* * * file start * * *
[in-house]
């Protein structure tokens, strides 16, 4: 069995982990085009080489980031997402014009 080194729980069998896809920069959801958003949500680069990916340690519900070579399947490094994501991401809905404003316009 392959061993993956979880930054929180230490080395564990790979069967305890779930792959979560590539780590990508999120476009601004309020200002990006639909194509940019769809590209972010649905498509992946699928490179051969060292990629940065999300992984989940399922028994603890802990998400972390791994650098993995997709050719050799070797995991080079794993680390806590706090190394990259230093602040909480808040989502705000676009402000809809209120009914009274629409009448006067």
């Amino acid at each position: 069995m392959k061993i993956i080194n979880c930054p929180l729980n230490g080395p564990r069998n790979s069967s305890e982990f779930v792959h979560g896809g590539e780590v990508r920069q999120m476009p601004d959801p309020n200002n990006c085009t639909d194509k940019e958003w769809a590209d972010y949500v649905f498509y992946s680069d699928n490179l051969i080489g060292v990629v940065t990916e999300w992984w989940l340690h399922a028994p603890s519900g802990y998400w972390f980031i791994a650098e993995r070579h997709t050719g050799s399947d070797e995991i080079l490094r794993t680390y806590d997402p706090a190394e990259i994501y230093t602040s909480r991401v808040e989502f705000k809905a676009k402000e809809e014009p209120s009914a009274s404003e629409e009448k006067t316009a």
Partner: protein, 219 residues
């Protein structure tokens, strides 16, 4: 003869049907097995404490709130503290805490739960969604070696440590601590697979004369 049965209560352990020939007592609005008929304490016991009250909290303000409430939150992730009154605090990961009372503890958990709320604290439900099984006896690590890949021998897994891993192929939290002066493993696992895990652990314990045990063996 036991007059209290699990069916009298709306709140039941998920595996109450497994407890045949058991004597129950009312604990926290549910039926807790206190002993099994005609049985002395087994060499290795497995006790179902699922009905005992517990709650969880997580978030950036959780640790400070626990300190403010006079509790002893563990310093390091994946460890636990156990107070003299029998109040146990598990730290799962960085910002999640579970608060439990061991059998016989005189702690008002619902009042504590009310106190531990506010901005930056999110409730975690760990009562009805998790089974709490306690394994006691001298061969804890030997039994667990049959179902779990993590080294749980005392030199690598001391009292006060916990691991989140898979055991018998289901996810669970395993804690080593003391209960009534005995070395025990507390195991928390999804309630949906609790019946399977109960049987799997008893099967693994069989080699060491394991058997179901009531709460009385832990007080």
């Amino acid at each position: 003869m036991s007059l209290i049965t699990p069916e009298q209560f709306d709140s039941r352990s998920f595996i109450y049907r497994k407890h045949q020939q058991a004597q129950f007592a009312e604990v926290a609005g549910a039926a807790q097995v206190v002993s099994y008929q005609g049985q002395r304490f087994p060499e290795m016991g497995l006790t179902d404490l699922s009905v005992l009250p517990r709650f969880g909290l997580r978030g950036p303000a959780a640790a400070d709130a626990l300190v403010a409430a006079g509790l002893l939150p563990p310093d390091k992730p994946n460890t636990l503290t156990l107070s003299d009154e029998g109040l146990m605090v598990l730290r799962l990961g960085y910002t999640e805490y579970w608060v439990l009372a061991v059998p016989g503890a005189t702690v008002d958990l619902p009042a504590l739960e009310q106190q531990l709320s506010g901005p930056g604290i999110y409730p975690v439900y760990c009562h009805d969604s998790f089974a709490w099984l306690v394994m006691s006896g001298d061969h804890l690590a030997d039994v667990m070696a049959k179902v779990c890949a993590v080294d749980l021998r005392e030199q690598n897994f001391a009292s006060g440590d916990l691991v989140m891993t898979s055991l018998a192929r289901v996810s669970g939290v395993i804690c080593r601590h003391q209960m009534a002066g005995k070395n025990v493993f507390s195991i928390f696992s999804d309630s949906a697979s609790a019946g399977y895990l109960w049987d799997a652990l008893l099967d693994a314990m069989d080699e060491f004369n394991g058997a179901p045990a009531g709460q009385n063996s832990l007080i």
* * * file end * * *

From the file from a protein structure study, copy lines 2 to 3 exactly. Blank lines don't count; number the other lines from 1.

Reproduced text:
């Protein structure tokens, strides 16, 4: 069995982990085009080489980031997402014009 080194729980069998896809920069959801958003949500680069990916340690519900070579399947490094994501991401809905404003316009 392959061993993956979880930054929180230490080395564990790979069967305890779930792959979560590539780590990508999120476009601004309020200002990006639909194509940019769809590209972010649905498509992946699928490179051969060292990629940065999300992984989940399922028994603890802990998400972390791994650098993995997709050719050799070797995991080079794993680390806590706090190394990259230093602040909480808040989502705000676009402000809809209120009914009274629409009448006067």
């Amino acid at each position: 069995m392959k061993i993956i080194n979880c930054p929180l729980n230490g080395p564990r069998n790979s069967s305890e982990f779930v792959h979560g896809g590539e780590v990508r920069q999120m476009p601004d959801p309020n200002n990006c085009t639909d194509k940019e958003w769809a590209d972010y949500v649905f498509y992946s680069d699928n490179l051969i080489g060292v990629v940065t990916e999300w992984w989940l340690h399922a028994p603890s519900g802990y998400w972390f980031i791994a650098e993995r070579h997709t050719g050799s399947d070797e995991i080079l490094r794993t680390y806590d997402p706090a190394e990259i994501y230093t602040s909480r991401v808040e989502f705000k809905a676009k402000e809809e014009p209120s009914a009274s404003e629409e009448k006067t316009a």